• has trouble distinguishing between look-alike words, reverses letters/words/numbers, has difficulty copying accurately, and is functioning far below grade level in reading, math, and language arts. She needs
  • specialized intensive instruction using alternative materials and techniques incorporating different modalities. She also requires instruction on pre-requisite academic skills not covered in the general curriculum for her grade level.
  • This level of differentiation is not feasible in the general education setting.

For these reasons, she will be provided instruction in a separate class setting in the critical skill areas of reading, math, and language arts.”

How? (underlying reason)
slide15

Poor:

“Johnny will be with typical peers during Connections and any extracurricular activities during the school day. He will be in a self-contained BD class for all academics.”

Good:

“Due to his Emotional/Behavioral Disorder characterized by

  • thoughts and feelings that are inconsistent with actual events, situations, or interactions, Johnny frequently
  • loses self-control (yells, throws objects, gets out of his seat) and fails to respond to teacher corrections. His maladaptive behaviors result in a need for
  • frequent and intrusive behavioral interventions which are disruptive to the learning of others. He needs specialized instruction to learn alternative behaviors to replace his maladaptive behaviors.
  • This level of differentiation is not feasible in the general education setting and his behaviors are disruptive to the learning of other students at this time.

For these reasons, he will receive instruction in a separate class setting.”

how underlying reason2

Good:

“Due to his diagnosed MOID characterized by

  • delays in cognitive, academic, and adaptive behavior skills,
  • Johnny takes longer to learn new concepts and has trouble transferring what he has learned from one setting or type of activity to another. He also has trouble understanding abstract concepts/vocabulary and has trouble learning functional skills that typical peers learn through incidental learning.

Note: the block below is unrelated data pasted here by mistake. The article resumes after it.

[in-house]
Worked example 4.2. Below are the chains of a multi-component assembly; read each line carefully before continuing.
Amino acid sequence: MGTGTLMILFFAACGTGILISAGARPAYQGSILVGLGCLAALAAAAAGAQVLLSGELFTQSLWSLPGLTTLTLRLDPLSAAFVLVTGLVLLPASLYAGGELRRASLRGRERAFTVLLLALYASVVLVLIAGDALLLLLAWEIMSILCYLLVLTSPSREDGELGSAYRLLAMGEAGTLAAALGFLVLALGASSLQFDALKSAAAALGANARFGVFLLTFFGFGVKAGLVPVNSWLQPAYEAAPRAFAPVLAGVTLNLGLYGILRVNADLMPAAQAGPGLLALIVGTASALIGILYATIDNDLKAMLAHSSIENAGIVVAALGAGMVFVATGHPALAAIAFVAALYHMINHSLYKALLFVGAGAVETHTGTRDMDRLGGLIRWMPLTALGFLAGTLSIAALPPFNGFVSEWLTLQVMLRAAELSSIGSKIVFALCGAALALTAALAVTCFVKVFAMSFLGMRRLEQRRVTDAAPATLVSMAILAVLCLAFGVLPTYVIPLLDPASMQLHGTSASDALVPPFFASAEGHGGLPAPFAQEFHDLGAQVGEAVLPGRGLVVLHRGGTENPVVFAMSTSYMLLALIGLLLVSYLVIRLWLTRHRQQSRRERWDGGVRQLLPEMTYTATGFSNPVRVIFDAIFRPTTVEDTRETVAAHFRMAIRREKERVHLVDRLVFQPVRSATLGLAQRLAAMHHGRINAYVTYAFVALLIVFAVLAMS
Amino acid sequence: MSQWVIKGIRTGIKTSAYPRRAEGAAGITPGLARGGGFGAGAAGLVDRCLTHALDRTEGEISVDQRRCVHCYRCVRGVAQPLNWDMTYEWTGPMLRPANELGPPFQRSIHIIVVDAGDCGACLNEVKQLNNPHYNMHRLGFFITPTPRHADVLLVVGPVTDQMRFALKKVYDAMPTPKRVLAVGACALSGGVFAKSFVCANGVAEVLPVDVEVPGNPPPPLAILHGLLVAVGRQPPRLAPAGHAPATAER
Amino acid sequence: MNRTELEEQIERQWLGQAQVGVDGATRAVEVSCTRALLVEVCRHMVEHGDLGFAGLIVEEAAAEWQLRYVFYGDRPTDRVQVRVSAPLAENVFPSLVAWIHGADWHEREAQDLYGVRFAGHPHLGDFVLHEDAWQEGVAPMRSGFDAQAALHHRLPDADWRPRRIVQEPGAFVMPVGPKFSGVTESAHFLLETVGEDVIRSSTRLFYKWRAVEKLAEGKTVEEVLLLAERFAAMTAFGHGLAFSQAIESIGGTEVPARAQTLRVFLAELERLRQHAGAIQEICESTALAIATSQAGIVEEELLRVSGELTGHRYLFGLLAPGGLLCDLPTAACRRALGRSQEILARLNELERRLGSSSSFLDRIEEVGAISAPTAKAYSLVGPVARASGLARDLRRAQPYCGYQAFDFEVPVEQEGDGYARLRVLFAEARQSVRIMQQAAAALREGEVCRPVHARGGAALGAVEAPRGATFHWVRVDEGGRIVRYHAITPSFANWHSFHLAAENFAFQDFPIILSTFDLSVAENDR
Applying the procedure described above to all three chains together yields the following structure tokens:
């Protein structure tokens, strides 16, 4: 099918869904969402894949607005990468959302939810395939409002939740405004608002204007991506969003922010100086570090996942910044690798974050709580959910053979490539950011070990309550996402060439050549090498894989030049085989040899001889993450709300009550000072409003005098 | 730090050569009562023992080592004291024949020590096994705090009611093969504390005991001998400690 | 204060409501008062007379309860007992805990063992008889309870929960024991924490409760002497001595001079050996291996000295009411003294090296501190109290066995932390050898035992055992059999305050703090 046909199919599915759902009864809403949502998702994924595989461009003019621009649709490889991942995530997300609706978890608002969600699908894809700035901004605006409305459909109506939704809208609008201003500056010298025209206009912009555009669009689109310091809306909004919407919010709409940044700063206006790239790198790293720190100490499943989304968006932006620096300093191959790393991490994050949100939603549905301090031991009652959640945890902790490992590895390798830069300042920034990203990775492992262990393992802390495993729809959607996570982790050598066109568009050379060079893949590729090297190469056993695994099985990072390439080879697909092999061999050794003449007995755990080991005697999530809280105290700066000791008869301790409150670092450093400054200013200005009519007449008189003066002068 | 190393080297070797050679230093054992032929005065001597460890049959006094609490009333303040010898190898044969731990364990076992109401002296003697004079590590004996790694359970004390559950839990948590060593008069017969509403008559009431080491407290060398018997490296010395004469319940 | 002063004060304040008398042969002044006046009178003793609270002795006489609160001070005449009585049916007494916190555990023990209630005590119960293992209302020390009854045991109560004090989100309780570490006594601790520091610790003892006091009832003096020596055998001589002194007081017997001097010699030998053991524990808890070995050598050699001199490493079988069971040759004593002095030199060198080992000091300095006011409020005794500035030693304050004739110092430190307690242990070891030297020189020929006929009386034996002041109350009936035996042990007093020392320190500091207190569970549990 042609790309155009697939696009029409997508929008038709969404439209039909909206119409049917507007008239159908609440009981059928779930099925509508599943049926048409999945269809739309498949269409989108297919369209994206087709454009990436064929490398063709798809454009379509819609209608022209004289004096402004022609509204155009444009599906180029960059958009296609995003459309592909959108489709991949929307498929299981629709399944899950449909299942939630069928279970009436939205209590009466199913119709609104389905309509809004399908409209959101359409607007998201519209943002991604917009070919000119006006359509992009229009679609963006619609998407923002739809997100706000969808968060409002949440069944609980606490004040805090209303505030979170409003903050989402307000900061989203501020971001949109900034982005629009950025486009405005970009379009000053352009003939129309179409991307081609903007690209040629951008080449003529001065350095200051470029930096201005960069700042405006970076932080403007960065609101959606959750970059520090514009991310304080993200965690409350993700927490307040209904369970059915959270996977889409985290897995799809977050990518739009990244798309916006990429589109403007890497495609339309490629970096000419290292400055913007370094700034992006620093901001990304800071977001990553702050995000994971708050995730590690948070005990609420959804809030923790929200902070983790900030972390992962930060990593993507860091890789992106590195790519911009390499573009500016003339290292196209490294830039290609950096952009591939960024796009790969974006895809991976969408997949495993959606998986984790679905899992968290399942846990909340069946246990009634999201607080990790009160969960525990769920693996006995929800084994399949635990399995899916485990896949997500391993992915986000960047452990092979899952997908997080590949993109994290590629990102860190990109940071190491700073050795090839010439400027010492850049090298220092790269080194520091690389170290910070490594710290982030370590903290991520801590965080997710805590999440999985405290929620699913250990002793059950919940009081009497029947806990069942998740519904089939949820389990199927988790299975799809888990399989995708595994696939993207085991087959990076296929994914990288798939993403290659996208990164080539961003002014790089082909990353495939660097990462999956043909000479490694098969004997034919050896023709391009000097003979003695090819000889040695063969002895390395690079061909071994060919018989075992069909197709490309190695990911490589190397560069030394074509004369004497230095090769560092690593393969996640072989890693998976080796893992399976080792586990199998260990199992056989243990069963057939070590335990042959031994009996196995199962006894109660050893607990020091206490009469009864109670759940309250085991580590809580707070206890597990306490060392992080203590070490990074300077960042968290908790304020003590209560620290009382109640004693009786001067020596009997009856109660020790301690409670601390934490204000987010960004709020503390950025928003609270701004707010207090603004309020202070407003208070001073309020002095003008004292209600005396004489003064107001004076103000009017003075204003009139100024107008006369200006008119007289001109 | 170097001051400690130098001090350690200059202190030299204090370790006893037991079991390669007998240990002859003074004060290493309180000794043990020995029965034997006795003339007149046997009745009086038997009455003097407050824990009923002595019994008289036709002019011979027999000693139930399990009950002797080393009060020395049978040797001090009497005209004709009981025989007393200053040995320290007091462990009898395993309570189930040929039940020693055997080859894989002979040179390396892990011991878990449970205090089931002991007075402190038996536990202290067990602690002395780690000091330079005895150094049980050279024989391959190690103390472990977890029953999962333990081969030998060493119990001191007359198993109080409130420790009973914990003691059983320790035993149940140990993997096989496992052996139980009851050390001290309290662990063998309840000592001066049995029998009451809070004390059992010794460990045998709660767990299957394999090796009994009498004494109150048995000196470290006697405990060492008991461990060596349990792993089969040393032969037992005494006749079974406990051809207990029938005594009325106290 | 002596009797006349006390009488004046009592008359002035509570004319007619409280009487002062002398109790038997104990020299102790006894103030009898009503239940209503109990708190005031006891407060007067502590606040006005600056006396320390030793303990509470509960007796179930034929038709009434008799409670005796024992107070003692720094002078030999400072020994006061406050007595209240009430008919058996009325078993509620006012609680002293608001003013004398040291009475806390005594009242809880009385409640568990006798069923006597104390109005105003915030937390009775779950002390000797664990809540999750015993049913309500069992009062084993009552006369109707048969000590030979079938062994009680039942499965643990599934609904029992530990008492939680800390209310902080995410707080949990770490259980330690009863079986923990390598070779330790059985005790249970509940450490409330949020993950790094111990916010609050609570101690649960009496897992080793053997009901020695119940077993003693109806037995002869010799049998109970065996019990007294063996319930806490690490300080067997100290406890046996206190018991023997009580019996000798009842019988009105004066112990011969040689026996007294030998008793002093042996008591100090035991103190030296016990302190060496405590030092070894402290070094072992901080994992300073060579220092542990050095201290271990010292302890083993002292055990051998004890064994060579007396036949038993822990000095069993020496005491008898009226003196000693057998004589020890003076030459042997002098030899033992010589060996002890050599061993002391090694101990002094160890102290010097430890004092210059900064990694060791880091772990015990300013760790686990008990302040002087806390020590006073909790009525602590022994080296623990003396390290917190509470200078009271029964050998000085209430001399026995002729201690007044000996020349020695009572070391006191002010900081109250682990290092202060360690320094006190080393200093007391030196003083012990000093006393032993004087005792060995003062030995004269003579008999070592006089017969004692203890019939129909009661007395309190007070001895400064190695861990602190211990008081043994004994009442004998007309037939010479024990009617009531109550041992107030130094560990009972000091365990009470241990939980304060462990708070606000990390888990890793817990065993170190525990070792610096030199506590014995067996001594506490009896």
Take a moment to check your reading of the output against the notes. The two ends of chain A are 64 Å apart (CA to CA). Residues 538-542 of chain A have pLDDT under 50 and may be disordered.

• He requires direct specialized instruction on functional life skills not covered in the general curriculum for his grade level. He also needs practice in a variety of community settings in order to transfer his learning.
  • This level of differentiation is not feasible in the general curriculum.

Therefore, he needs instruction in a separate class setting.”

How? (underlying reason)
how underlying reason3

Good:

“Due to his Speech/Language Impairment, characterized by

  • severe articulation difficulties (multiple omissions/substitutions),
  • Teachers and peers have trouble understanding what Johnny is saying. He is quiet and reluctant to participate during classroom discussion and has to repeat himself multiple times to make himself understood.
  • He requires specialized instruction by an SLP in a quiet, distraction-free environment so that he can hear the models provided by the speech therapist and receive immediate feedback.
  • This level of differentiation is not feasible in the general education environment.

For these reasons, he requires separate class services during speech therapy.”

How? (underlying reason)
how underlying reason4

Good:

“Because of Susie’s specific learning disability characterized by

  • processing deficits in phonological awareness,
  • she has trouble identifying unfamiliar words using phonetic analysis or syllabication.
  • She is currently more than two years below her present grade placement.
  • Due to her lack of progress toward her goals in the critical area of reading,
  • she needs more intensive interventions in a small group setting using highly specialized instructional techniques.
  • This level of differentiation is not feasible in the general education environment.

For these reasons, she will receive separate class services in the critical skill area of reading.”

How? (underlying reason)
how underlying reason5

Good:

“Due to her medical condition characterized by

  • fluctuations in blood oxygen levels,
  • Susie’s blood oxygen levels can drop dangerously low, presenting a safety risk for her health and life.
  • She needs special transportation services, providing oxygen and a trained bus aide to monitor her medical needs.
  • This level of support is not available on a regular bus.

Therefore, she will be provided special transportation services. ”

How? (underlying reason)
rationale2

Who?

          • Special Ed Caseload Manager
  • What?
          • Underlying reason.
  • When?
          • Every IEP.
  • Where?
          • Section X of IEP Services page.
  • Why?
          • Required by law.
  • How?
          • Explain or justify the underlying reasons*.
Rationale
slide21